All life on Earth is unified by its use of a shared set of component chemical compounds and reactions, providing a detailed model for universal biochemistry. However, this notion of universality is specific to known biochemistry and does not allow quantitative predictions about examples not yet observed. Here, we introduce a more generalizable concept of biochemical universality that is more akin to the kind of universality found in physics. Using annotated genomic datasets including an ensemble of 11,955 metagenomes, 1,282 archaea, 11,759 bacteria, and 200 eukaryotic taxa, we show how enzyme functions form universality classes with common scaling behavior in their relative abundances across the datasets. We verify that these scaling laws are not explained by the presence of compounds, reactions, and enzyme functions shared across known examples of life. We demonstrate how these scaling laws can be used as a tool for inferring properties of ancient life by comparing their predictions with a consensus model for the last universal common ancestor (LUCA). We also illustrate how network analyses shed light on the functional principles underlying the observed scaling behaviors. Together, our results establish the existence of a new kind of biochemical universality, independent of the details of life on Earth's component chemistry, with implications for guiding our search for missing biochemical diversity on Earth or for biochemistries that might deviate from the exact chemical makeup of life as we know it, such as at the origins of life, in alien environments, or in the design of synthetic life.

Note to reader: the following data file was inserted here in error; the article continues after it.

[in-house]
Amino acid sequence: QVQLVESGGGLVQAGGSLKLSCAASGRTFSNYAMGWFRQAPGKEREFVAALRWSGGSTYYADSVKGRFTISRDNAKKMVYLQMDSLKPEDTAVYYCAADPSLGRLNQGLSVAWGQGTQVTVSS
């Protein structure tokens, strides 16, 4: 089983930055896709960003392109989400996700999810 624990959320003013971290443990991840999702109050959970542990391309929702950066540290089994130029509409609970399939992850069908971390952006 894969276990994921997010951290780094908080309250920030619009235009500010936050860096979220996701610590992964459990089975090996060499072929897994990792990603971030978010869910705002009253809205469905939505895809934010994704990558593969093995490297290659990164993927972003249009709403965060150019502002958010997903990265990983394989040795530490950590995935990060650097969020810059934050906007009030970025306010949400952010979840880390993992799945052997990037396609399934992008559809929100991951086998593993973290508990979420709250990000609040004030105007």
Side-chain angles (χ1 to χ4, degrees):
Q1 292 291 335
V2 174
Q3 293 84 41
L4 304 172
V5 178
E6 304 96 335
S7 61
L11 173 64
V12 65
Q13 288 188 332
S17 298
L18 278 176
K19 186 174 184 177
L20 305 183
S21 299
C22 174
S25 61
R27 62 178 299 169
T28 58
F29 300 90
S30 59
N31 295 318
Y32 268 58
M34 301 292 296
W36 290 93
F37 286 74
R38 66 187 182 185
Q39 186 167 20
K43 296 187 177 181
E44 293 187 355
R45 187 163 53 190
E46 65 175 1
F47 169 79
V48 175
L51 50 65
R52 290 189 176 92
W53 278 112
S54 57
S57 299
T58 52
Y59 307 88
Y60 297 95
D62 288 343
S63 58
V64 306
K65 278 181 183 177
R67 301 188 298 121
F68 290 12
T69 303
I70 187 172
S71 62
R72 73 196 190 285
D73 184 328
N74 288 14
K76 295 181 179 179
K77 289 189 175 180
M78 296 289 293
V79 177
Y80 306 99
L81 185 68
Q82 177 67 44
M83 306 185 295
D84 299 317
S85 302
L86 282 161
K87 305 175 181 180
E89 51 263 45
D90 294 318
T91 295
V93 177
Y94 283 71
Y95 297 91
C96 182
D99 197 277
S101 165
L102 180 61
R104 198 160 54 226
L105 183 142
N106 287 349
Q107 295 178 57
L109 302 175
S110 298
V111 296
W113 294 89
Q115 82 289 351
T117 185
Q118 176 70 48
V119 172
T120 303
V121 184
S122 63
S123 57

Keywords: astrobiology; biochemical networks; enzymes; scaling laws; statistical physics.
Copyright © 2022 the Author(s). Published by PNAS.